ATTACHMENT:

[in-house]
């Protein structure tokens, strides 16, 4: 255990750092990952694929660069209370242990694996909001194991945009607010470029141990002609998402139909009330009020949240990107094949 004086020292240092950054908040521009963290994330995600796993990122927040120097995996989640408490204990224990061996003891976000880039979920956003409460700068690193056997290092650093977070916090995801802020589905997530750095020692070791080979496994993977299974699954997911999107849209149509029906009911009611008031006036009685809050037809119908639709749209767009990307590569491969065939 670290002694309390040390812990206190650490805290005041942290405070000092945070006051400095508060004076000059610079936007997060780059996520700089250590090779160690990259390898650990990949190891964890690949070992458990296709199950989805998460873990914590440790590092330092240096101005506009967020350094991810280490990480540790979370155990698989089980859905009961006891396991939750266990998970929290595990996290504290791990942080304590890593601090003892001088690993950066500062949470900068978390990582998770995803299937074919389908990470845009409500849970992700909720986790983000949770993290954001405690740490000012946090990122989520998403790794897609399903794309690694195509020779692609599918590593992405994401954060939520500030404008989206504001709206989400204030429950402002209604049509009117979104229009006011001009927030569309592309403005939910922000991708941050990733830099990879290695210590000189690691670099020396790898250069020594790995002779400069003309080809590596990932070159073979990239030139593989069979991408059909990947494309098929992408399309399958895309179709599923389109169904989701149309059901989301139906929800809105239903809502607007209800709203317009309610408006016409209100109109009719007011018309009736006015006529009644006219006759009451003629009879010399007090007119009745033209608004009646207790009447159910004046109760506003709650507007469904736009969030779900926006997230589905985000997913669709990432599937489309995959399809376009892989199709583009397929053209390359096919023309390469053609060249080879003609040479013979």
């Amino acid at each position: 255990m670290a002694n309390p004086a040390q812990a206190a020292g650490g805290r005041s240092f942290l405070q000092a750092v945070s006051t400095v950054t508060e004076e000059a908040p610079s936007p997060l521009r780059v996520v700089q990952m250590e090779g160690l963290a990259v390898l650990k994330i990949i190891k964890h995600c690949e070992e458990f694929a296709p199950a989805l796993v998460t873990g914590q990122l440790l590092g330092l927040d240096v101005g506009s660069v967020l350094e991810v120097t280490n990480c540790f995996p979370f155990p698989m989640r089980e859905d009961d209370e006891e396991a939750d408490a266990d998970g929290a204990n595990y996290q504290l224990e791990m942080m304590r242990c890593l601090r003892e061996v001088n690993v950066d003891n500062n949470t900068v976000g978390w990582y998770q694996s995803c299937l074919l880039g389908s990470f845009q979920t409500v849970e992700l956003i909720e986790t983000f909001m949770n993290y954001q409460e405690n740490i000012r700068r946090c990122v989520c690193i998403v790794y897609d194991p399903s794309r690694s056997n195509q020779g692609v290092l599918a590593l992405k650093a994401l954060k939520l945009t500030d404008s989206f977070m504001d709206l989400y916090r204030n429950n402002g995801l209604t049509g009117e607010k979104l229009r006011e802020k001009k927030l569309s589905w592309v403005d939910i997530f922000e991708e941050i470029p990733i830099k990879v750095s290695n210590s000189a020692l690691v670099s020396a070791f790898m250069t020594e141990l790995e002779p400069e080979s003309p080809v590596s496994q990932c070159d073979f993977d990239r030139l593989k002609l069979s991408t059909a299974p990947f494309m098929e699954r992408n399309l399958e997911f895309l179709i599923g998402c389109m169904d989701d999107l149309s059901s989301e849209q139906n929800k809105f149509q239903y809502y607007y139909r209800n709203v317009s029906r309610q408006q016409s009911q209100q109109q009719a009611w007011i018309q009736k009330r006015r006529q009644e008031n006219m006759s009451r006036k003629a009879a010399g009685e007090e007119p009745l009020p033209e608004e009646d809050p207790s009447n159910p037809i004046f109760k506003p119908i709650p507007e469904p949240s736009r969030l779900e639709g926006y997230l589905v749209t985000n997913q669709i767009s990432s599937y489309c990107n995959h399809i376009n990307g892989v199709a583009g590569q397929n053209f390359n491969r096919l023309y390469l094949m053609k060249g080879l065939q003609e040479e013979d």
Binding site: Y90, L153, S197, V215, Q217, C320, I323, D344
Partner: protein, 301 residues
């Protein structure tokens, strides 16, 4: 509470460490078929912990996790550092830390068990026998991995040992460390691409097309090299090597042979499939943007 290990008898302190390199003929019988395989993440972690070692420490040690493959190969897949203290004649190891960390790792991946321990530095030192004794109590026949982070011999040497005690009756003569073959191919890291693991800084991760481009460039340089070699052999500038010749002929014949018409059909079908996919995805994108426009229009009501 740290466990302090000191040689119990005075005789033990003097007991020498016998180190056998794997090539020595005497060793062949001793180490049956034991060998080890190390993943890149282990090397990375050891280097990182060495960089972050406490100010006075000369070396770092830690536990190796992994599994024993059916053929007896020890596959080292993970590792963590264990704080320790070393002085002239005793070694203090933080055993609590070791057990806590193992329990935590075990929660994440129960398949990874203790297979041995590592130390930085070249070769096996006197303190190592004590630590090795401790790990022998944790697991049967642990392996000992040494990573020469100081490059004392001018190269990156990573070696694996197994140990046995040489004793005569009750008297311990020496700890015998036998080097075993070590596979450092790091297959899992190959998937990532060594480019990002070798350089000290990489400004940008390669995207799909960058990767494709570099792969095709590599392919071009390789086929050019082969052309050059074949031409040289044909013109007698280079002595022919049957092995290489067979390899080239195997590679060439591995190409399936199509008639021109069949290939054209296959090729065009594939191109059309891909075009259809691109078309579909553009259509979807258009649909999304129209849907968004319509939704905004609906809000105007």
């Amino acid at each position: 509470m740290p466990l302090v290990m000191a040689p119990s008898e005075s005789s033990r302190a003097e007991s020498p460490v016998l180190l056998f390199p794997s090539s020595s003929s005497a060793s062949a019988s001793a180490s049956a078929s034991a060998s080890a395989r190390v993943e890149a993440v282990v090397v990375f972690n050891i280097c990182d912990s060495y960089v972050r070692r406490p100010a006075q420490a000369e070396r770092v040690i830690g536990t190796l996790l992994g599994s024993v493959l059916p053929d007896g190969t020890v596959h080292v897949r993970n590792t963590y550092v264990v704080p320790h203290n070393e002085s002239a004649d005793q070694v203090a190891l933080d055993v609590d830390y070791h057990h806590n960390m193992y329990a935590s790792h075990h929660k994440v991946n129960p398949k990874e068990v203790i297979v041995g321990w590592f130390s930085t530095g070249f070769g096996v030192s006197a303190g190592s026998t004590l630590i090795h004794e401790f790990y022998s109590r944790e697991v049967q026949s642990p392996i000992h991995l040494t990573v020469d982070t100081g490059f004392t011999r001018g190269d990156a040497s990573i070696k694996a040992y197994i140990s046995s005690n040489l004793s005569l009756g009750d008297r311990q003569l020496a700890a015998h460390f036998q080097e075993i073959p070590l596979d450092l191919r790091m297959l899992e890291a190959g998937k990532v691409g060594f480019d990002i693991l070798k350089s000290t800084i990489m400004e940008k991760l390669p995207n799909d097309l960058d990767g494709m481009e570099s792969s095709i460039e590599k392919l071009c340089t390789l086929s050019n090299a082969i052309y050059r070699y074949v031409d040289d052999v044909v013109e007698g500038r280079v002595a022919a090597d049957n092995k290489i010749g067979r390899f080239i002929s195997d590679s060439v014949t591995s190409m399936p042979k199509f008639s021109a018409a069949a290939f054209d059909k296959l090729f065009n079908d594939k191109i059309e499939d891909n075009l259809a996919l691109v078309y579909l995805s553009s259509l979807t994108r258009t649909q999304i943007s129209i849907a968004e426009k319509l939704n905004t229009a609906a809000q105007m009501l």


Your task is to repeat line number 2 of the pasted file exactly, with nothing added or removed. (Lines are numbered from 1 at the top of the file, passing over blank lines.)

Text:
């Protein structure tokens, strides 16, 4: 255990750092990952694929660069209370242990694996909001194991945009607010470029141990002609998402139909009330009020949240990107094949 004086020292240092950054908040521009963290994330995600796993990122927040120097995996989640408490204990224990061996003891976000880039979920956003409460700068690193056997290092650093977070916090995801802020589905997530750095020692070791080979496994993977299974699954997911999107849209149509029906009911009611008031006036009685809050037809119908639709749209767009990307590569491969065939 670290002694309390040390812990206190650490805290005041942290405070000092945070006051400095508060004076000059610079936007997060780059996520700089250590090779160690990259390898650990990949190891964890690949070992458990296709199950989805998460873990914590440790590092330092240096101005506009967020350094991810280490990480540790979370155990698989089980859905009961006891396991939750266990998970929290595990996290504290791990942080304590890593601090003892001088690993950066500062949470900068978390990582998770995803299937074919389908990470845009409500849970992700909720986790983000949770993290954001405690740490000012946090990122989520998403790794897609399903794309690694195509020779692609599918590593992405994401954060939520500030404008989206504001709206989400204030429950402002209604049509009117979104229009006011001009927030569309592309403005939910922000991708941050990733830099990879290695210590000189690691670099020396790898250069020594790995002779400069003309080809590596990932070159073979990239030139593989069979991408059909990947494309098929992408399309399958895309179709599923389109169904989701149309059901989301139906929800809105239903809502607007209800709203317009309610408006016409209100109109009719007011018309009736006015006529009644006219006759009451003629009879010399007090007119009745033209608004009646207790009447159910004046109760506003709650507007469904736009969030779900926006997230589905985000997913669709990432599937489309995959399809376009892989199709583009397929053209390359096919023309390469053609060249080879003609040479013979």